Gabbard’s controversial positions plague early days of her presidential campaign
HONOLULU (HawaiiNewsNow) - Just days after saying she plans to run for president in 2020, Hawaii Congresswoman Tulsi Gabbard is already under fire for her controversial and conservative past.
Homophobic comments and efforts to ban same-sex marriage made by Gabbard more than a decade ago are resurfacing on the national stage as the 37-year-old Democrat gears up for a White House bid.
“In 2000, she blasted ‘homosexual activists,’ and those are her words, who were attacking her mother when she ran for office,” said CNN political reporter Andrew Kaczynski.
“In 2004, this is testimony against a civil unions bill, she said, ‘As Democrats, we should be representing the views of the people not a small number of homosexual extremists.’”
Kaczynski also pointed to Gabbard’s work with the Alliance for Traditional Marriage, a organization that was run by her father, state Sen. Mike Gabbard.
A 20-year-old ad featuring a teenaged Tulsi Gabbard is also circulating on news sites and social media.
"I'm not allowed to marry my daughter or my son," said Mike Gabbard in the clip.
"I can't marry my dog," said another person in the ad.
In a statement through a campaign spokeswoman, Gabbard says she regrets the positions she took in the past and says she has fought for the LGBTQ community during her time in Congress.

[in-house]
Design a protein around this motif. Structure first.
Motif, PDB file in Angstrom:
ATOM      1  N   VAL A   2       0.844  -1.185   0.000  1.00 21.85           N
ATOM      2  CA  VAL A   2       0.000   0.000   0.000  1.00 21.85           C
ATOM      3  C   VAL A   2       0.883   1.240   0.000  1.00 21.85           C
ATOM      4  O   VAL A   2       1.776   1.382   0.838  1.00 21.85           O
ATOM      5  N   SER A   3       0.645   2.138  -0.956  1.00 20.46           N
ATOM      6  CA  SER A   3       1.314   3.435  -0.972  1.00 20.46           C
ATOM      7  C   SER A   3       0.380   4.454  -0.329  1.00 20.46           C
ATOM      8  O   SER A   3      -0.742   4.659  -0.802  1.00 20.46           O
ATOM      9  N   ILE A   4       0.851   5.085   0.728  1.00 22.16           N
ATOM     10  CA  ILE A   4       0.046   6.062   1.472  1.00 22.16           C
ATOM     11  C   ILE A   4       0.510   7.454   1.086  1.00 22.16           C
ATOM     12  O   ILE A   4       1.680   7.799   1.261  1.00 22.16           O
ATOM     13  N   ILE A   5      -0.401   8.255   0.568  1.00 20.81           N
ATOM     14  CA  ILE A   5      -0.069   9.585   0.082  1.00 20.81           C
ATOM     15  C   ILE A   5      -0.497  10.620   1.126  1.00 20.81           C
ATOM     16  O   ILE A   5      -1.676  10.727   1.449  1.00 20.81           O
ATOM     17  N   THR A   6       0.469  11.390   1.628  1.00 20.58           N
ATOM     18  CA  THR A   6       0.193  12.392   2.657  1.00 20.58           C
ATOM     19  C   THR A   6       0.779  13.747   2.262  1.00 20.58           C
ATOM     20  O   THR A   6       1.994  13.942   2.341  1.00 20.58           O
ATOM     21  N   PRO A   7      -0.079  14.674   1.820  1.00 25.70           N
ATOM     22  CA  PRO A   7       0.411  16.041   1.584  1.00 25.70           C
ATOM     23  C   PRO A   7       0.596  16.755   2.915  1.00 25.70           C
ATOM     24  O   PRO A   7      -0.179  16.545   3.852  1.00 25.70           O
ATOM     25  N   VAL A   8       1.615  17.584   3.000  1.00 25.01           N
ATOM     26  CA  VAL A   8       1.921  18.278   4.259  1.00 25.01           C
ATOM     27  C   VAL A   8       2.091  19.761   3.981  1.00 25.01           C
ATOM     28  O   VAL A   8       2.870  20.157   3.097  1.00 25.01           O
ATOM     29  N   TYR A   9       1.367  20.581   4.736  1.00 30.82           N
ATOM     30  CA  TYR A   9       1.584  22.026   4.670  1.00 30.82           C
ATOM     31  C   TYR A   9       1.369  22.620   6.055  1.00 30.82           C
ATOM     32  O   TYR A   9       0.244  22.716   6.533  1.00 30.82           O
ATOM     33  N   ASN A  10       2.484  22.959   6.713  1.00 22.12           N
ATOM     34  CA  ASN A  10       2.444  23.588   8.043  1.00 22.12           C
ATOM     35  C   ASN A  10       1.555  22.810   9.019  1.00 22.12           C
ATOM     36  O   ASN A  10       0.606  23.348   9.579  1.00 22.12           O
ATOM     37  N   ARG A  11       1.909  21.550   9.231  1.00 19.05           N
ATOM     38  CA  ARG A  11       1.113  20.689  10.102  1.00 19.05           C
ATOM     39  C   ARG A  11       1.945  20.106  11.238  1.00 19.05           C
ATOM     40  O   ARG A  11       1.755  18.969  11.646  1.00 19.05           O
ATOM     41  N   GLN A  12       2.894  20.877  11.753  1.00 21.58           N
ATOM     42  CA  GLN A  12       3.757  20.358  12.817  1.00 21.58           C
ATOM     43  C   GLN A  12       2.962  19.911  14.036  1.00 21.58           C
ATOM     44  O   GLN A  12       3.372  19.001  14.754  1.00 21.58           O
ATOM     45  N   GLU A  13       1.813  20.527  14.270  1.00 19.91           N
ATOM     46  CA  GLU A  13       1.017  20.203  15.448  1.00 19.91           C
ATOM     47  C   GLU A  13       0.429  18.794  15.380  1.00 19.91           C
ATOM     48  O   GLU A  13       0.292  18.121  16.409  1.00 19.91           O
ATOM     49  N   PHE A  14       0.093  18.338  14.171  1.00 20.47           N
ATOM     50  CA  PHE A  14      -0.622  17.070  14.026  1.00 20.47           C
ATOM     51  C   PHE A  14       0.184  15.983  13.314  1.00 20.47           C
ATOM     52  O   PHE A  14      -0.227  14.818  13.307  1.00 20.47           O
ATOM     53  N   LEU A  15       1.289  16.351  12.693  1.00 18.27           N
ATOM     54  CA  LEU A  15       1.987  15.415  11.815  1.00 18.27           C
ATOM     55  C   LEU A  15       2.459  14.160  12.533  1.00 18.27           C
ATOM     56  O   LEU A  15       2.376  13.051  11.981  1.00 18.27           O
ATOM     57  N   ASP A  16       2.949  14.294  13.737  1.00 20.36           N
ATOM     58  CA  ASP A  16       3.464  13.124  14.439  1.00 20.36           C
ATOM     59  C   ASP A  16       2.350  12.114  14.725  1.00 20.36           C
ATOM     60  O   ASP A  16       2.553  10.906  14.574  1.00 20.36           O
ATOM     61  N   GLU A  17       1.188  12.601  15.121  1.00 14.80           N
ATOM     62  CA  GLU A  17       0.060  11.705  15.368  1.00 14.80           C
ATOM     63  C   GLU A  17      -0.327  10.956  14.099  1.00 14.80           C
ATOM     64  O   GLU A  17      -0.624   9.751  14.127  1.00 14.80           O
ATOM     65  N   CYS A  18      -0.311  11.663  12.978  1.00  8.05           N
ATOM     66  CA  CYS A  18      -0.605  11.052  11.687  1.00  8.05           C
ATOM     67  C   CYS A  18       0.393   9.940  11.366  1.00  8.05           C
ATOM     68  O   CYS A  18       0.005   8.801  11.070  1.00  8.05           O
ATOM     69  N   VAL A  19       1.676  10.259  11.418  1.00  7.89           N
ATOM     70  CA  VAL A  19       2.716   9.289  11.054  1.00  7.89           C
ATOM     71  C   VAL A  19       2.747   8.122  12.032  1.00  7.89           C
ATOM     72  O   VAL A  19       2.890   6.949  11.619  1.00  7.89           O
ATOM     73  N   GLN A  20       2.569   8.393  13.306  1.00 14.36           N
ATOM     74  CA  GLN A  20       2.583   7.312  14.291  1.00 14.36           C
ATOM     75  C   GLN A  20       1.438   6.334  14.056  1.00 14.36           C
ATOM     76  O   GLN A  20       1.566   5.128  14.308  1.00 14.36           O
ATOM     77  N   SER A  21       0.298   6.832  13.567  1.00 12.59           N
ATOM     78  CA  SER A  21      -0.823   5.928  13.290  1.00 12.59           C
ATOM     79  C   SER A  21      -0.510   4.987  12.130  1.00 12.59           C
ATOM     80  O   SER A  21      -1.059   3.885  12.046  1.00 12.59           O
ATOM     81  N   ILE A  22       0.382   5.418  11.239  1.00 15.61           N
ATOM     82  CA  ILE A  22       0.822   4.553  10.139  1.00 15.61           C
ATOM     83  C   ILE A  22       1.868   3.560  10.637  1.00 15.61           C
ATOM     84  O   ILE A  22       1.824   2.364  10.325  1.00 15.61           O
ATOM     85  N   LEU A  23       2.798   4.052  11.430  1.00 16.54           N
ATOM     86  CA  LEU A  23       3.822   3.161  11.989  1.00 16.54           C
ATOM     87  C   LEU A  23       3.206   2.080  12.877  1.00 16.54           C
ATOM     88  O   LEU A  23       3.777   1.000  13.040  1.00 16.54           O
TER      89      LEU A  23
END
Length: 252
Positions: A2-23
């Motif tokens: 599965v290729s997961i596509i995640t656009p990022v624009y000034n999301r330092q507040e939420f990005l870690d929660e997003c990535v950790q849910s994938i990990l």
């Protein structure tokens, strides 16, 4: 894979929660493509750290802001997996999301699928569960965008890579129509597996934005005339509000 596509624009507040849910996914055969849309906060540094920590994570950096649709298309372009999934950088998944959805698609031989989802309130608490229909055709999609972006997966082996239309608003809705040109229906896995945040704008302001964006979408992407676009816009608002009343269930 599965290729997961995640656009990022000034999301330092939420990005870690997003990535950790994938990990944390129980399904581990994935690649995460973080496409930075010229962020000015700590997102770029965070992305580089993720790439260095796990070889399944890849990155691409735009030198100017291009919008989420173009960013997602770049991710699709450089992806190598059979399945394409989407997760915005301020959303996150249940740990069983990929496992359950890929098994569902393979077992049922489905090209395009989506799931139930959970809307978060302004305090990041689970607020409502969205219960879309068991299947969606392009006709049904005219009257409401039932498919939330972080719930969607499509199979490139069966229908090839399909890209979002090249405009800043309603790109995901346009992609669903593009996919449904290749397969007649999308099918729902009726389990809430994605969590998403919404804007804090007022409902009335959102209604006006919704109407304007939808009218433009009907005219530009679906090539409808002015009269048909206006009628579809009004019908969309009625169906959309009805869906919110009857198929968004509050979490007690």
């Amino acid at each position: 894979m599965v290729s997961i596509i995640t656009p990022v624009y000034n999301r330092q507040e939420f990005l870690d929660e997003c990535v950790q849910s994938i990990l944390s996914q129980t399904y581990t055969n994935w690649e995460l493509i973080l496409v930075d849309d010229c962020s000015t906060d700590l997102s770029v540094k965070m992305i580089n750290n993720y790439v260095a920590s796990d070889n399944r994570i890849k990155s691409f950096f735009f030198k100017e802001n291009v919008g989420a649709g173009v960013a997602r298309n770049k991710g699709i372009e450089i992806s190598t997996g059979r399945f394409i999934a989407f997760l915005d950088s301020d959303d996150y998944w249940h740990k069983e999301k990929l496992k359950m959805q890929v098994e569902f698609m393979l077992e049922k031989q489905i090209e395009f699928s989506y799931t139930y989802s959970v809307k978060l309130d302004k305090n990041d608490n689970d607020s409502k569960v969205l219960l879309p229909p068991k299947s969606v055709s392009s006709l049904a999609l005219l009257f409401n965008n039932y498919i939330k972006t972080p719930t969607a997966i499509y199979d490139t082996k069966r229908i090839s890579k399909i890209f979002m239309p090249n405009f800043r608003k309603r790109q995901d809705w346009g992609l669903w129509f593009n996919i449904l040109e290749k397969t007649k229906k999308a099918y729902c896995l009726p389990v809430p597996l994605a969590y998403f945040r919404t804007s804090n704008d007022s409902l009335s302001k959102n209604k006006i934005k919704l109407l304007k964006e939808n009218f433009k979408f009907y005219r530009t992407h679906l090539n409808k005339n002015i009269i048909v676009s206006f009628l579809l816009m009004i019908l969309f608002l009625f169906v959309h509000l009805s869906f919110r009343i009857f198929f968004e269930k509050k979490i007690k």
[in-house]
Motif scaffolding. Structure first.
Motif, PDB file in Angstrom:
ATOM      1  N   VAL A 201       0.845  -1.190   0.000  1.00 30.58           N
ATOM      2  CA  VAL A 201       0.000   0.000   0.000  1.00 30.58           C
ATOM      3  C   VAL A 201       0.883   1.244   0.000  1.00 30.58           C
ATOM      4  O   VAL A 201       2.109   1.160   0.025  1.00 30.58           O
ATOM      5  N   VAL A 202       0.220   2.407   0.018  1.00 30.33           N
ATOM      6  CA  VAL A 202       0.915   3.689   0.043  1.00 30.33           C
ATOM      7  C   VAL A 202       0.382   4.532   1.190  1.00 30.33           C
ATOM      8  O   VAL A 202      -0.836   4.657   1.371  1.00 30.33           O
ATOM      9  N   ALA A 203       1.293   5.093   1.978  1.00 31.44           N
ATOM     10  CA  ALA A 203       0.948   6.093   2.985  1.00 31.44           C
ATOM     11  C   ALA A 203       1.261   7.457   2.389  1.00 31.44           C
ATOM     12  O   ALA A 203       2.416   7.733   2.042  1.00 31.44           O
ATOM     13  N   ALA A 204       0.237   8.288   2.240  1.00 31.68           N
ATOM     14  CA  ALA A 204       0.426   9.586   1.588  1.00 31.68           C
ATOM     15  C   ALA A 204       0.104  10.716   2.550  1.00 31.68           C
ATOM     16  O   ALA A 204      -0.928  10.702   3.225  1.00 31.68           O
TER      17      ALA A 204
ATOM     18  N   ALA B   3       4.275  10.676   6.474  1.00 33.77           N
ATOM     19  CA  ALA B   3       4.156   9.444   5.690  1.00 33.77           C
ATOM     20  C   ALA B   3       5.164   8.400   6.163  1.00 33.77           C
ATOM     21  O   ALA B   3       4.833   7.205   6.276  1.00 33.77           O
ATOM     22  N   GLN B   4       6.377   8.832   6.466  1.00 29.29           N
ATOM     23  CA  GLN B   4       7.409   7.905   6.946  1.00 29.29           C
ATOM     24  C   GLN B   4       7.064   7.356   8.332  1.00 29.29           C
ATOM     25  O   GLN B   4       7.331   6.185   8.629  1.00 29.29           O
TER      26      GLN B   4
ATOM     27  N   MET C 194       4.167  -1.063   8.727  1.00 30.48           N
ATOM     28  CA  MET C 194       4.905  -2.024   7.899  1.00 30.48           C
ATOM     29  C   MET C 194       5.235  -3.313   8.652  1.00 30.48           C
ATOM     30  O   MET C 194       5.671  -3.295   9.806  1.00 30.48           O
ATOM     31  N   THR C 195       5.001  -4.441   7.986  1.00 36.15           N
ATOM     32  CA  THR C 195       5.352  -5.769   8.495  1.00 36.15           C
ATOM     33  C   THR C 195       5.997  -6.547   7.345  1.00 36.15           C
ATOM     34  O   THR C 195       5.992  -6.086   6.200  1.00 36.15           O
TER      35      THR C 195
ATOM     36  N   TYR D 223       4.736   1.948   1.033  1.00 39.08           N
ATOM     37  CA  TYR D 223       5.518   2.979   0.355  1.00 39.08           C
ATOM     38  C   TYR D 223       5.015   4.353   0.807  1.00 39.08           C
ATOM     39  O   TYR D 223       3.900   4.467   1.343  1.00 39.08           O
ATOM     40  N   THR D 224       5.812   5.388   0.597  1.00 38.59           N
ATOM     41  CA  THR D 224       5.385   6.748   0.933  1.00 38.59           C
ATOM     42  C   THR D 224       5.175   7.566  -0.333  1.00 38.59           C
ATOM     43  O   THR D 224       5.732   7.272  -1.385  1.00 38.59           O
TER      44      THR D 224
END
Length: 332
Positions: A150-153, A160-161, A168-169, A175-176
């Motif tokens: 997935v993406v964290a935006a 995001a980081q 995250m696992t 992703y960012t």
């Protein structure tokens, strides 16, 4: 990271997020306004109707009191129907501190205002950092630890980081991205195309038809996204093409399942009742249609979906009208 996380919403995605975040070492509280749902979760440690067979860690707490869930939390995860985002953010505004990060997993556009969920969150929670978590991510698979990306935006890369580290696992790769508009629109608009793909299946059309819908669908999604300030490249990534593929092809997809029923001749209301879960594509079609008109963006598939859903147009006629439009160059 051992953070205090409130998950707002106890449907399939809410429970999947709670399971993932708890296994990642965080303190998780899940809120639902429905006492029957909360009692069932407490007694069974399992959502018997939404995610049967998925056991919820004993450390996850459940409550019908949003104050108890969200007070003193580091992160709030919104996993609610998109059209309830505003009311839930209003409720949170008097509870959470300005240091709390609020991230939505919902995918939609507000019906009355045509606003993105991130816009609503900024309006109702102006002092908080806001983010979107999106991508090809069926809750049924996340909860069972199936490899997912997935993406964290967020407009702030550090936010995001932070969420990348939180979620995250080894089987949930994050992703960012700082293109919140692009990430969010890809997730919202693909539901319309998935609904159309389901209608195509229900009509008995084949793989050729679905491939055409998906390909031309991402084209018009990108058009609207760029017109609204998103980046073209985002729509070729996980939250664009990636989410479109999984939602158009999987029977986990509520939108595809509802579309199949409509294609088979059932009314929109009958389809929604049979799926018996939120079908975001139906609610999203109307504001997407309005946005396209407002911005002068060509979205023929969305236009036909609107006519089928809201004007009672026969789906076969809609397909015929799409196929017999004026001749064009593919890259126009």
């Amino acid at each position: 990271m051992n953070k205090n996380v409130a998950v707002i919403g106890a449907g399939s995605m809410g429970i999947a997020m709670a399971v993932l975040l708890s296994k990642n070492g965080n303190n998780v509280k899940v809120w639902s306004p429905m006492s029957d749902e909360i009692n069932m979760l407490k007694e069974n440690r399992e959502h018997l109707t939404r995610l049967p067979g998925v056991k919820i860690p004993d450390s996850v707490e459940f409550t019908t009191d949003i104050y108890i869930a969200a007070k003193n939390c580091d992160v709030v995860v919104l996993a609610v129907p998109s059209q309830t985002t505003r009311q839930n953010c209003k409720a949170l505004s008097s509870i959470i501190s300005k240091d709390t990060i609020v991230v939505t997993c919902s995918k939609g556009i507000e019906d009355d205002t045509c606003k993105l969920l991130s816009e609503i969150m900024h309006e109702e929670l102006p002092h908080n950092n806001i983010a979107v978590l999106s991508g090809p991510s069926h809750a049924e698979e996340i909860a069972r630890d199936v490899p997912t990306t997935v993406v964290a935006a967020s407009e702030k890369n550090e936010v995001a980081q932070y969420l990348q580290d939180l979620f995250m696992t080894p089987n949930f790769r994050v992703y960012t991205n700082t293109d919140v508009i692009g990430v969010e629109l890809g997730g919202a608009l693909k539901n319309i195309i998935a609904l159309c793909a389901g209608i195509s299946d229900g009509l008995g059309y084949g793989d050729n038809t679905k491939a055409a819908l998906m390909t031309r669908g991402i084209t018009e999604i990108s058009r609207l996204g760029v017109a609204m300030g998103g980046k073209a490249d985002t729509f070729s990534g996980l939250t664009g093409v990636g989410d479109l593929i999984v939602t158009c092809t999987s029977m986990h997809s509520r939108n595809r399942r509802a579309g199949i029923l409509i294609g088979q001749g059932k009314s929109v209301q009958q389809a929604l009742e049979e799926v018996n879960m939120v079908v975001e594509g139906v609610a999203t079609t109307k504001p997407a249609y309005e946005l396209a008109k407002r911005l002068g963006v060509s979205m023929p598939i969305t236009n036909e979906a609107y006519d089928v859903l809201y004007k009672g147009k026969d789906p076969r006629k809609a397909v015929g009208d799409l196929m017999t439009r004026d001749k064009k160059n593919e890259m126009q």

“First, let me say I regret the positions I took in the past, and the things I said. I’m grateful for those in the LGBTQ+ community who have shared their aloha with me throughout my personal journey ... I have been fortunate to have had the opportunity to help work toward passing legislation that ensures equal rights and protections on LGBTQ+ issues, such as the Equality Act, the repeal of DOMA, Restore Honor to Service members Act, the Employment Non-Discrimination Act, the Safe Schools Improvement Act and the Equality for All Resolution,” the statement said.
“Much work remains to ensure equality and civil rights protections for LGBTQ+ Americans and if elected President, I will continue to fight for equal rights for all."
While it's not uncommon to see conservative Democrats evolve with their position on same-sex marriage, Hawaii News Now's political analyst Colin Moore says Gabbard's past positions may be difficult to overcome.
"Because it's such a deeply personal issue for so many people, it's tough to explain that you've evolved in your belief when you really were so vehemently opposed to it before," said Moore.
Gabbard's secret visit to Syria, and controversial meeting with Bashar al-Assad, is also being brought up again on national television.
"You should be offended by Tulsi Gabbard running for president. She's the mouthpiece for Bashar al-Assad. She went and met with him and came back and spewed his propaganda," said The View's Meghan McCain.
Moore says while Gabbard has the courage to be an independent thinker, he says she has upset people on both sides of the aisle.
On MSNBC, U.S. Sen. Mazie Hirono gave a lukewarm response when asked if she would support her colleague for president.
"I want someone who very much has been on the same page in terms of supporting equal opportunity, choice, all kinds of issues that I have been fighting for for decades," said Hirono.
"It sounds like you don't think Tulsi Gabbard has done that," the anchor responded.
"Well, I wish her well, though," laughed Hirono.
Gabbard is expected to be make her official announcement some time this week.
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